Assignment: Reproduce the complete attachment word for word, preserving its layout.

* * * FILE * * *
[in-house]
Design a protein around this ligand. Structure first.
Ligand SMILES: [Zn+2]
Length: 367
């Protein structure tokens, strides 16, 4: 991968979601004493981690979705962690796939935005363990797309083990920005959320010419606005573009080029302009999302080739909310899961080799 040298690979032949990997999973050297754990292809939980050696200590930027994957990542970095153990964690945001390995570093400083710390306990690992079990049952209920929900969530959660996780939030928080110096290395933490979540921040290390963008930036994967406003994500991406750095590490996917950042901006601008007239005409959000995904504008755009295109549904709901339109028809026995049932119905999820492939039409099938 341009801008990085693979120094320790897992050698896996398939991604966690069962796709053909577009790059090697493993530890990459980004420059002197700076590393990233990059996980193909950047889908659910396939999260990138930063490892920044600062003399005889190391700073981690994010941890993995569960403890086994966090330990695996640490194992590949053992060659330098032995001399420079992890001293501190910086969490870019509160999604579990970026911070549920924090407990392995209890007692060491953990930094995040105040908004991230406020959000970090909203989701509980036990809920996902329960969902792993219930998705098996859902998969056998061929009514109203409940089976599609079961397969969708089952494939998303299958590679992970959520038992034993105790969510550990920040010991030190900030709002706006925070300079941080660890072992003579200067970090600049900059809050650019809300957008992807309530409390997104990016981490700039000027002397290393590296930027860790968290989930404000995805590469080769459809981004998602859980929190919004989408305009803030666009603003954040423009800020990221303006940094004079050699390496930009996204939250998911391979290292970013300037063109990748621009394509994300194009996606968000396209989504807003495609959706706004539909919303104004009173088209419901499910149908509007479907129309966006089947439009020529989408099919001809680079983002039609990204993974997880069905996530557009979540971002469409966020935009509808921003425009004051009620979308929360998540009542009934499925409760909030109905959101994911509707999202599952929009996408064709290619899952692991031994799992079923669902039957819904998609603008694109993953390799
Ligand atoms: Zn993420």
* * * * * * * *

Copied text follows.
[in-house]
Design a protein around this ligand. Structure first.
Ligand SMILES: [Zn+2]
Length: 367
């Protein structure tokens, strides 16, 4: 991968979601004493981690979705962690796939935005363990797309083990920005959320010419606005573009080029302009999302080739909310899961080799 040298690979032949990997999973050297754990292809939980050696200590930027994957990542970095153990964690945001390995570093400083710390306990690992079990049952209920929900969530959660996780939030928080110096290395933490979540921040290390963008930036994967406003994500991406750095590490996917950042901006601008007239005409959000995904504008755009295109549904709901339109028809026995049932119905999820492939039409099938 341009801008990085693979120094320790897992050698896996398939991604966690069962796709053909577009790059090697493993530890990459980004420059002197700076590393990233990059996980193909950047889908659910396939999260990138930063490892920044600062003399005889190391700073981690994010941890993995569960403890086994966090330990695996640490194992590949053992060659330098032995001399420079992890001293501190910086969490870019509160999604579990970026911070549920924090407990392995209890007692060491953990930094995040105040908004991230406020959000970090909203989701509980036990809920996902329960969902792993219930998705098996859902998969056998061929009514109203409940089976599609079961397969969708089952494939998303299958590679992970959520038992034993105790969510550990920040010991030190900030709002706006925070300079941080660890072992003579200067970090600049900059809050650019809300957008992807309530409390997104990016981490700039000027002397290393590296930027860790968290989930404000995805590469080769459809981004998602859980929190919004989408305009803030666009603003954040423009800020990221303006940094004079050699390496930009996204939250998911391979290292970013300037063109990748621009394509994300194009996606968000396209989504807003495609959706706004539909919303104004009173088209419901499910149908509007479907129309966006089947439009020529989408099919001809680079983002039609990204993974997880069905996530557009979540971002469409966020935009509808921003425009004051009620979308929360998540009542009934499925409760909030109905959101994911509707999202599952929009996408064709290619899952692991031994799992079923669902039957819904998609603008694109993953390799
Ligand atoms: Zn993420």